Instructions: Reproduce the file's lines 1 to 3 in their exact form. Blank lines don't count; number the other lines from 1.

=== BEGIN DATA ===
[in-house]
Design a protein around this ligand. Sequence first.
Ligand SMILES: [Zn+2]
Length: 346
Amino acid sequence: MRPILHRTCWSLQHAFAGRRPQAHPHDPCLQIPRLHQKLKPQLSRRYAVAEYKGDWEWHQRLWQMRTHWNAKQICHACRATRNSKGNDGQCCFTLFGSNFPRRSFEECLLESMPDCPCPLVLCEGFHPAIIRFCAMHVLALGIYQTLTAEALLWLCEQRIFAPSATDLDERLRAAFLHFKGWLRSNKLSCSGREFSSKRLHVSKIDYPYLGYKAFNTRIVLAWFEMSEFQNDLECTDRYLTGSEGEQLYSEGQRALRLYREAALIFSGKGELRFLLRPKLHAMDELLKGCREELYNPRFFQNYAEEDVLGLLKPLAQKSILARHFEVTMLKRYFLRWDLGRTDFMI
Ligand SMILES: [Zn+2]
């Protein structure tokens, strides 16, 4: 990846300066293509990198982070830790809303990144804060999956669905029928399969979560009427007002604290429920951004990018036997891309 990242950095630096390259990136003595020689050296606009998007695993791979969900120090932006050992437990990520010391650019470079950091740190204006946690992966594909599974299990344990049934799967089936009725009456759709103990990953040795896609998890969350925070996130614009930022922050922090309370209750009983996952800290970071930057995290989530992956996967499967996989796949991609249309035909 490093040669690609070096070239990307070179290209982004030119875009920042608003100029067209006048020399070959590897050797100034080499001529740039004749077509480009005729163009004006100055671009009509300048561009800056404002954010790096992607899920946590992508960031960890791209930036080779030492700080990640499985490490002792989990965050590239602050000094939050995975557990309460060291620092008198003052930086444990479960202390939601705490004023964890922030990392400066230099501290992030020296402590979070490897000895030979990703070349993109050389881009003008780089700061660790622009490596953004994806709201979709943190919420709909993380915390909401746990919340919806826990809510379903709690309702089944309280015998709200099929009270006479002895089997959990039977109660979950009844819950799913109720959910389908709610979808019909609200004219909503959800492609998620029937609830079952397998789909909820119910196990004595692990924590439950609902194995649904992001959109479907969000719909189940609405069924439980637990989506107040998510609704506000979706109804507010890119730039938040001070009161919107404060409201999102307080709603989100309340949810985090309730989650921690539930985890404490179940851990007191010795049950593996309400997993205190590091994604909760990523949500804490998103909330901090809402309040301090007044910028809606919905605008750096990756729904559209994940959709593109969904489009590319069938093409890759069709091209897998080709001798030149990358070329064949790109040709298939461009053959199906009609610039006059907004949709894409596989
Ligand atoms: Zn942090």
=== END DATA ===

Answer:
[in-house]
Design a protein around this ligand. Sequence first.
Ligand SMILES: [Zn+2]